Hi, my name is Adam Twiford. I have recently bought a Class CD Racing Runabout (frame kit, bronze fastening kit, epoxy fiberglass kit). I started building it in early September and have come quite a long way on it considering that we have only put in about 40 hours. Your plans and frame kit make the boat quite easy to build and because of the epoxy resin it is as strong as rock. I am 13 years old, and the boat is pretty much a "Father/Son" thing. We have decided to paint the boat yellow with black racing stripes and we are going to name it "Yellow Jacket". We have pictures of it in the box all the way to it being completely covered in plywood. We are fiberglassing it (probably the hardest part) and will continue to take pictures until I am taking it on it's test drive. I will probably send some pictures of it to you and I would appreciate it if you would put them up on the website. It would be really cool to tell my friends to go to your website and see me in it. I am starting to like building boats and I will probably never buy a company boat in my life. It is too much fun to build it yourself, and cheaper. Thank you for giving me the opportunity of building my own boat and such a good one. You will probably receive pictures in about 2 months of my boat.

Thank you
Adam Twiford

Rigging Small Sailboats

In response to inquiries about an out-of-print book published by Glen-L, we are starting a series in our WebLetters, reproducing Rigging Small Sailboats. This issue contains Chapter 9; to be continued in the next WebLetter.

Chapter 9

.....rigging the boat

FIG. 9-1 - Putting the mast in position is called "stepping the mast". With the pivoting mast step shown in this boat, the mast is placed in the step with one person pulling forward with the forestay or jib halyard, and a second person pushing forward and steadying the mast.


Stepping the mast means putting the mast on the boat so it can receive the sails. Fig. 9-1 shows a mast being stepped on a small catamaran. Since the first time you will step the mast will probably be on land, the first thing to do is make sure there are no overhead obstructions in the way, ESPECIALLY ELECTRICAL WIRES! Also, the mast stepping arrangement must be in place. On boats with wood spars, there must be a way for any water that may settle in the mast step (either from rain coming down the inside of the spar or from water on deck) to drain out, or rot will be promoted. With aluminum spars, the same applies, but not for the same reason. While stainless steel and aluminum are fairly compatible, there is still some corrosive action between the two in saltwater conditions, and because the fastenings at the mast base area will probably be stainless steel, corrosion could occur if salt water were allowed to remain between the two metals.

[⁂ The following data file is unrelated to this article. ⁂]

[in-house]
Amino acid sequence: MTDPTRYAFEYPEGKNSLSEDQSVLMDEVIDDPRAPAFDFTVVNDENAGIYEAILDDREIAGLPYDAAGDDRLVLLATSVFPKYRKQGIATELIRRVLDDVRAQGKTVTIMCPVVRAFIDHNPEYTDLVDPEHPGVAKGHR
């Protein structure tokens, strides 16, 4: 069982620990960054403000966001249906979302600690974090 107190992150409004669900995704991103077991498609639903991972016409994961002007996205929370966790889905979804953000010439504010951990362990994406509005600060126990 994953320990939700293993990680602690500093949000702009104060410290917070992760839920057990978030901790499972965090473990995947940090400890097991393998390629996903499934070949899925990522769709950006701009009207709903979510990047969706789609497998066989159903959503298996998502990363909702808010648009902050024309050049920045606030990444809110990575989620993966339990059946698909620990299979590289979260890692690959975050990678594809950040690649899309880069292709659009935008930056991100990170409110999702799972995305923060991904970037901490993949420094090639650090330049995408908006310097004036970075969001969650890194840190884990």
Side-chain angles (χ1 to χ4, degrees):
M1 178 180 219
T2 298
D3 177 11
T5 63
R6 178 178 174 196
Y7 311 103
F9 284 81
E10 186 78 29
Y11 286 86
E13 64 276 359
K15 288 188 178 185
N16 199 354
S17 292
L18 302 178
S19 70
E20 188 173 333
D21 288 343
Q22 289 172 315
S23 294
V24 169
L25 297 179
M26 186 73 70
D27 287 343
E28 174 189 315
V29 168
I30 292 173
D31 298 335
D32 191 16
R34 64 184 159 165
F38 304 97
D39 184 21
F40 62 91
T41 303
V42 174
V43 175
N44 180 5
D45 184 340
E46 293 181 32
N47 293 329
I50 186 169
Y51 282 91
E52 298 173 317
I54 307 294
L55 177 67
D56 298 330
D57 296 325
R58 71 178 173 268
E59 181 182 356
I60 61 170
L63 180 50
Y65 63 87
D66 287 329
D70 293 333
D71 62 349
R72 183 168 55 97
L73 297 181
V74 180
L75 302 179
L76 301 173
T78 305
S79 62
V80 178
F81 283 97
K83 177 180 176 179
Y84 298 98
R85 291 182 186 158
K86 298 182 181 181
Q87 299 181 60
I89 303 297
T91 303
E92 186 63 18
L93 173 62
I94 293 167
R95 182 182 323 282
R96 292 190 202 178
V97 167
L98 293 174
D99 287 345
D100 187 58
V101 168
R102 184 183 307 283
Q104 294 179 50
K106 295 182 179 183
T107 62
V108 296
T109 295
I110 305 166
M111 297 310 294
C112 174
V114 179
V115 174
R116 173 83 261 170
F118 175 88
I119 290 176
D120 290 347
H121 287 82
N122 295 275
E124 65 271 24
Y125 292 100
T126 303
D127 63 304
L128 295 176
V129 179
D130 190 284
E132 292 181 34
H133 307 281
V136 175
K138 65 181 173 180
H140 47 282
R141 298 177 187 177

If the mast is of the aluminum pivoting type, a stiffener is often used in the base to provide extra bearing for the pivot bolt. With pivoting masts, it may be necessary to radius the bottom corners of the spar to allow it to pivot into position. When wood masts are used in conjunction with a pivoting mast step, the mast should not bear directly on the deck or cabin top, but should be supported by the large bolt in the mast step fitting, thereby preventing rot by water staying in the step. To raise a mast with a pivoting mast step, insert the bolt through the mast in the step, connect the shrouds to the chainplates initially if possible, have one person aft and under the mast pushing up forward, and have another person pulling directly ahead with the forestay or jib halyard.

Most masts are stepped with some degree of "rake", or angle from vertical when viewed in profile. This rake may be built into the boat, but usually the builder must align the mast to the proper rake. With masts that step onto the keel or through the deck, wedges of wood can be used at the hole through the deck to maintain the angle along with the tension of the stays. On masts stepped on deck or on the cabin top, the rake of the mast must be maintained by stay adjustment. Mast rake is usually noted in inches per length of mast, and should be maintained per the designer's specifications for proper performance, at least initially. One method of determining the rake is to affix a line to the top of the mast with a plumb bob attached to the lower end. The boat must be leveled first. The line should be the length of the mast from the masthead to the base point from which the rake is measured. The rake is then measured from one side of the mast to the plumb bob line. When the correct distance is obtained, the stays can be set up. To keep the plumb bob steady, it can be dropped in a container of water. Another method for determining mast rake is to make up a shim or template equal to the amount of rake. Then use a builder's level held vertically and tilt the mast so that one side aligns with the shim held between the level and the mast. Again, the boat must first be leveled.

Build a boat
FIG. 9-2-How NOT to adjust tension on stays. Tension should be set up so that the spar is free of curves or bends when sighting up along the length.


Feedback: Monaco

Mr. Yonescu has built both the Monaco and Riviera. See Customer Photos/Photo Board 1.